Vilar: My book was leftist, but not leftist in the way leftists had known it. It was a book for a minority. Because compared to us women, men are in the minority. Until then, they had no voice at all, let alone a woman.

But a lot of men didn’t want your vote.

Vilar: A few did, it was very divided. But the approval came only in private. Nobody dared to do it in public.

Did you sometimes feel like you were being treated like a murderess?

Vilar: Yes, I was more of the opinion, I would have done a good deed.

You wrote a book about women’s secret weapons against men.

Vilar: And what secret weapons we women have. But my book was so unwelcome, it went against everything that was fashionable to believe at the time. What I wrote was something no woman had ever said publicly before, although most of us probably knew it very well. I think it was a necessary book.

Would the book still be necessary today?

Vilar: Not that much has changed. Men still have no right to their children, which is, for me, the cruelest thing of all. Anyone who is a man has to reckon with the fact that their children will be taken away from them every day and that, if things go well, they will perhaps be allowed to see them once a month on the weekend. And the fact that men are still sent to war and to kill is so serious that I don’t see any disadvantage of a woman that could somehow outweigh it. And men who have started a family can usually never stop working. You cannot change your life because otherwise you would risk the economic basis of your people. The man has a responsibility that cannot be compared to that of the woman. Those are the main things.

Today women also take on economic responsibility.

Vilar: I don’t know any real househusbands. And the few that exist are not erotic – in the eyes of women. The woman’s gaze determines our world. The look and the language: A man who doesn’t bring home any money is called a failure. The woman, on the other hand, is a housewife. It’s not called the mother tongue for nothing.

You are so terribly rational in your books. Woman is very calculating in your books. It’s all so cold.

Vilar: We are all very calculating, yes. You don’t have to be particularly rational to recognize this. But I don’t think my books are cold. I once sat on a plane behind a man who was reading “The Manipulated Man” on the way from Argentina to Germany. The man laughed out loud all night long, I didn’t sleep a wink. I thought that was nice.

Have you ever loved?

Vilar: Oh yeah.

And for what purpose?

Vilar: Only for the purpose of loving.

In your books, however, love is always earmarked.

Vilar: Yes, but I’ve never done business like that myself.

Seriously?

Vilar: Yes, I can exempt myself from that, to a large extent. I could not have written the book if I was involved myself.

You’ve never let a man feed you?

Vilar: Not a day, no.

You’ve never trained a man by depriving him of sex?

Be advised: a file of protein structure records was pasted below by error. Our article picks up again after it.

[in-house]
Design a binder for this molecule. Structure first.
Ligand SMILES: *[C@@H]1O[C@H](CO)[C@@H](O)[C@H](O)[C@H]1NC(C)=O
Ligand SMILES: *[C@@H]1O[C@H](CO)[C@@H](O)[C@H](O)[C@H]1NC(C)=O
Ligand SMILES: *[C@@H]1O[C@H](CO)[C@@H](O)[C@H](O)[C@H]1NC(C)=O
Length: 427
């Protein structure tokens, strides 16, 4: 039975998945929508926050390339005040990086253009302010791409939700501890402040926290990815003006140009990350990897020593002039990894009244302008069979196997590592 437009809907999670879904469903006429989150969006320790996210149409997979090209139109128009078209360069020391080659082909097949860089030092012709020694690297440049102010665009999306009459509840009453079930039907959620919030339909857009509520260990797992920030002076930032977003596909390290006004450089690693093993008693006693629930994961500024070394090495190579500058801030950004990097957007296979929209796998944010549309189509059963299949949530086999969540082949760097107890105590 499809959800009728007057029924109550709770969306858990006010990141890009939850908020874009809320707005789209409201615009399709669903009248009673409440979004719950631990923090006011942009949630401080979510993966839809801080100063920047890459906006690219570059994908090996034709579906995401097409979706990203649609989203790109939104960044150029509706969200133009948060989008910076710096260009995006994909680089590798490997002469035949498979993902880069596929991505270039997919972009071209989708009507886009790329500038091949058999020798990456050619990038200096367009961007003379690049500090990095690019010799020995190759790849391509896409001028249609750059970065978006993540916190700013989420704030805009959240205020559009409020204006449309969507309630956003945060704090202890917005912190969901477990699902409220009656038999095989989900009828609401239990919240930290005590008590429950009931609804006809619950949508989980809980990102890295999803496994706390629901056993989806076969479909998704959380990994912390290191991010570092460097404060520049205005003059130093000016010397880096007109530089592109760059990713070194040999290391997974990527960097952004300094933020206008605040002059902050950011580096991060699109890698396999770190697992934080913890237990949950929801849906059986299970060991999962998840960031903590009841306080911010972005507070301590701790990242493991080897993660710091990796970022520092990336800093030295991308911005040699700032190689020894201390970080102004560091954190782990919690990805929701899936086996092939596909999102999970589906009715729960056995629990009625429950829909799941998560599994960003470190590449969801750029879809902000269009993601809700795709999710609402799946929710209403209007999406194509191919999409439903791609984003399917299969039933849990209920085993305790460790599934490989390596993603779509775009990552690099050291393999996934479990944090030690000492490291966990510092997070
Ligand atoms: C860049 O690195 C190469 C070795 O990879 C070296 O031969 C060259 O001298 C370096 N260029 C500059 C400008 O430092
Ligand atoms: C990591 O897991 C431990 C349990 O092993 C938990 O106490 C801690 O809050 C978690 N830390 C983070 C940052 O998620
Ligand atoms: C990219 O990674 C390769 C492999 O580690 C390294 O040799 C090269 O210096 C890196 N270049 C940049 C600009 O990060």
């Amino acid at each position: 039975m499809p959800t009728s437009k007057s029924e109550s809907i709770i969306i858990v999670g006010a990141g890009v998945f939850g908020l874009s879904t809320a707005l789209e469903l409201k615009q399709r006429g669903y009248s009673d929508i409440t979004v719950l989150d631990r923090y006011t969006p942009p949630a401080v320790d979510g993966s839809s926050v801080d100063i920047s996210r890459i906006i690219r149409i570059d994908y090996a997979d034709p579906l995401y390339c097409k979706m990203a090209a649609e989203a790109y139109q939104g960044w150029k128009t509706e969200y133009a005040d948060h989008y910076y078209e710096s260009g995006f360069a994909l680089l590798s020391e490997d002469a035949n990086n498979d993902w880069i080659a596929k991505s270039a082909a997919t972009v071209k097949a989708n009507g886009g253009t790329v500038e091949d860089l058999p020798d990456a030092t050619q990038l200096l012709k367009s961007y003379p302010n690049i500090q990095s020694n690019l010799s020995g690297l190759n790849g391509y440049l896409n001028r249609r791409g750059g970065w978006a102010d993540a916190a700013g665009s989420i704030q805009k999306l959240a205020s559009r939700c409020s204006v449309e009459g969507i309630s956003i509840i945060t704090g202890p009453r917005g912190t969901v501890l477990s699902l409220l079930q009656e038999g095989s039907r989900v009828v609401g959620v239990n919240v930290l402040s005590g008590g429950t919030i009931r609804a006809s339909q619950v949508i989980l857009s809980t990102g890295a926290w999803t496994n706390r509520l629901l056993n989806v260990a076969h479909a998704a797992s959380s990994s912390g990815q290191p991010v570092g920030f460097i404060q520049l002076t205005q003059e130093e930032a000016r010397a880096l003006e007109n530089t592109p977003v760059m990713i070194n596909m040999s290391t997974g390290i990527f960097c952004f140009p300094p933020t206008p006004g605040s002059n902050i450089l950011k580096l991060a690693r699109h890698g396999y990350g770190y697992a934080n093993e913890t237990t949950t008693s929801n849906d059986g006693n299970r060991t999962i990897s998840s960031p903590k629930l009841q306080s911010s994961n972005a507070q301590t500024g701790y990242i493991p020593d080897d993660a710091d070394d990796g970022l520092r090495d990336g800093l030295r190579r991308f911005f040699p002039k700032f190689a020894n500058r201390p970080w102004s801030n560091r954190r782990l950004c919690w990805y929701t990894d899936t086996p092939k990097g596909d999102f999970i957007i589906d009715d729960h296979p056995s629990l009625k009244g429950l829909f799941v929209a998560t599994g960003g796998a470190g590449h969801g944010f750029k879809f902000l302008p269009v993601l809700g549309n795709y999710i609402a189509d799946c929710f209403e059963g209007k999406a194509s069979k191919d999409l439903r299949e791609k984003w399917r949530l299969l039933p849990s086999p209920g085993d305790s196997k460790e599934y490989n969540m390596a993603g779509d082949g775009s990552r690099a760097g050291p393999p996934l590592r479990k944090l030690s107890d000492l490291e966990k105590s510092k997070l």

Vilar: No. You couldn’t write a book against bank robbers and be one yourself.

Then you are a good person.

Vilar: I wouldn’t go that far now. But I could afford not to be fed because I had jobs, I was a doctor and then a writer.

But today many women have jobs.

Vilar: A lot has changed there, yes. But I don’t know any woman who works in order to feed the children and the husband for the rest of their lives. That’s why I later wrote a book to outline a way out of this situation.

You proposed the 25-hour week, which would give both women and men more time for themselves and their children, but at the same time would force both to work.

Vilar: I was too early there too. Today things are slowly moving in this direction – unfortunately not because of ideal insight, but because of economic necessity. If there is less and less work, and that will become acute, then you have to reduce working hours. A society with too many unemployed people cannot survive because this leads to unrest.

Do you think you were always too early?

Vilar: I was always early, earlier than the others. This also applies to my essays on aging, religion, intelligence.

I didn’t see your books about men and women as primarily a defense of men.

Vilar: They aren’t either, it’s an appeal to women’s fairness. You can also call them feminist books.

Even. You are the true feminist, you do not see women primarily as victims, but as people who assert their interests.

Vilar: I like that, I’m the real feminist. But, oh well.

But your big topic is different. That people do not take away the freedom they could have.

Vilar: Nice, you noticed that, a topic that you don’t want to acknowledge.

Why?

Vilar: On the one hand, out of cowardice, on the other hand, those who live freedom are not necessarily happy. You are happier when you submit and follow a system and dedicate yourself to a “task”. Anyone who is free always has to make their own rules.